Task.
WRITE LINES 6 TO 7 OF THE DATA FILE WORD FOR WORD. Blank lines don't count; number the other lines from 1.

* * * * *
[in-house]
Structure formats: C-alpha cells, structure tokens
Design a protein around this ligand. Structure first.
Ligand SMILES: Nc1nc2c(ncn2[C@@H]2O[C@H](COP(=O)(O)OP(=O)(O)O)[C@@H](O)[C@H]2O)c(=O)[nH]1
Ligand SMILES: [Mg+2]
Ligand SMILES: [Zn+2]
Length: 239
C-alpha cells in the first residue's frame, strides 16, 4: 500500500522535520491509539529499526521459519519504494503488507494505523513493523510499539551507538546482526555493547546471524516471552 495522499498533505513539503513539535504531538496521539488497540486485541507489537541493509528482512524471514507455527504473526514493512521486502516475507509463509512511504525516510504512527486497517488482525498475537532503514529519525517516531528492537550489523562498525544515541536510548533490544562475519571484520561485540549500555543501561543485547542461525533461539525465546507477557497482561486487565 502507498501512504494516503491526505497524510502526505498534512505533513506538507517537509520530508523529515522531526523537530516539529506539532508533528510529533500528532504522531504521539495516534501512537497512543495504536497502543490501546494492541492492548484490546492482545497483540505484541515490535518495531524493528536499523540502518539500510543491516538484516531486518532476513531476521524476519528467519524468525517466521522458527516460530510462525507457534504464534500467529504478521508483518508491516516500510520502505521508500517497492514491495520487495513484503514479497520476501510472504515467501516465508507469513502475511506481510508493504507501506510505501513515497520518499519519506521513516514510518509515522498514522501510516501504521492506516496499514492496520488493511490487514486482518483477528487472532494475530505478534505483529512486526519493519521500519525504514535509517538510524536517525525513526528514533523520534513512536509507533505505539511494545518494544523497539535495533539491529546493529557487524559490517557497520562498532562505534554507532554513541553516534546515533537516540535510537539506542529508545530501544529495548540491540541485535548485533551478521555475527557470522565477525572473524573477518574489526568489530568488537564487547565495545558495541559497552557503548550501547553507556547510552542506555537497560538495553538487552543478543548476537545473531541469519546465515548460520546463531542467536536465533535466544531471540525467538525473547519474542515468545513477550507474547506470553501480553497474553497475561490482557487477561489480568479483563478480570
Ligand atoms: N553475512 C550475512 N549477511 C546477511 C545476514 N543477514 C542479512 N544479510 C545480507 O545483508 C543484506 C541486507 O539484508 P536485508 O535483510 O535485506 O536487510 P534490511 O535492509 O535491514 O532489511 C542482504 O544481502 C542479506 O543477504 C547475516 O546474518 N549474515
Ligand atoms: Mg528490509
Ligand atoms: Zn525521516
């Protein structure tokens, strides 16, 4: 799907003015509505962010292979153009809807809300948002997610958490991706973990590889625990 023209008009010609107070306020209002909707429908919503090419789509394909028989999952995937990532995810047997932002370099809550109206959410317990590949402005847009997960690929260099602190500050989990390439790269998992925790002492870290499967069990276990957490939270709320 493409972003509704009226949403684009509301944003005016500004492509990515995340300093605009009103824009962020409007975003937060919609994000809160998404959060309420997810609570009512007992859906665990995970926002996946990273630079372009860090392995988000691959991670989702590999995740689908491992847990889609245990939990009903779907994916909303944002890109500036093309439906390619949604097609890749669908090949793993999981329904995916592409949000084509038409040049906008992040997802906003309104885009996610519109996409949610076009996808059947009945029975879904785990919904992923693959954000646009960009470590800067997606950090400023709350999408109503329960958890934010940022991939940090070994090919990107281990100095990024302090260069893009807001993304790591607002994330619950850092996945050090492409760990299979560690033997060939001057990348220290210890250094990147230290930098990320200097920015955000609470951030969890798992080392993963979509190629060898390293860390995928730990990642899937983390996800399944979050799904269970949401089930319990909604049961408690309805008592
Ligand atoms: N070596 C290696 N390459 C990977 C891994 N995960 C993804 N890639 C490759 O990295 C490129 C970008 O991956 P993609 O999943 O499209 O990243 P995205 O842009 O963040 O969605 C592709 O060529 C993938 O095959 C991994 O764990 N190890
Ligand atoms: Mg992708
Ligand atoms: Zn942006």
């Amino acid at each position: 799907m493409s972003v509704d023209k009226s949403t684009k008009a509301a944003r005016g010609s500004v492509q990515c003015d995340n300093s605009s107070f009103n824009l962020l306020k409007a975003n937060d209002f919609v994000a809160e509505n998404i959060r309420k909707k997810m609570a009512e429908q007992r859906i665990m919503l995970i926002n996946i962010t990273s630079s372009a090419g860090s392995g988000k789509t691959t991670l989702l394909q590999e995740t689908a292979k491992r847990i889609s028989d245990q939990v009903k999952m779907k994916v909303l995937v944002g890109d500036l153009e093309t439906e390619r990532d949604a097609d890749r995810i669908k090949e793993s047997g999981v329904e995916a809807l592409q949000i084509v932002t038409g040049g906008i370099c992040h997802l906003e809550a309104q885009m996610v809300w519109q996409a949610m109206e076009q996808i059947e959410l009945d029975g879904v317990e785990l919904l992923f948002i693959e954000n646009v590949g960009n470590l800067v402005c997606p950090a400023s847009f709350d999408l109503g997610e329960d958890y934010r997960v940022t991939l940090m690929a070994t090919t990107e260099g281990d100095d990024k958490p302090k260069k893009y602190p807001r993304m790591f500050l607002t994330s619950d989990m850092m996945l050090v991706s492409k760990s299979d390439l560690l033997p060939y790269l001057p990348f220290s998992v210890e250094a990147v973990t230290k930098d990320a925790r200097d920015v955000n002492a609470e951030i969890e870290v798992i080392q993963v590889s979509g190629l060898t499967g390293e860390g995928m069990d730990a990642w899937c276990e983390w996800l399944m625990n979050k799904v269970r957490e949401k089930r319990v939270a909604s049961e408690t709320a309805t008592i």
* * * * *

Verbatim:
Ligand SMILES: [Zn+2]
Length: 239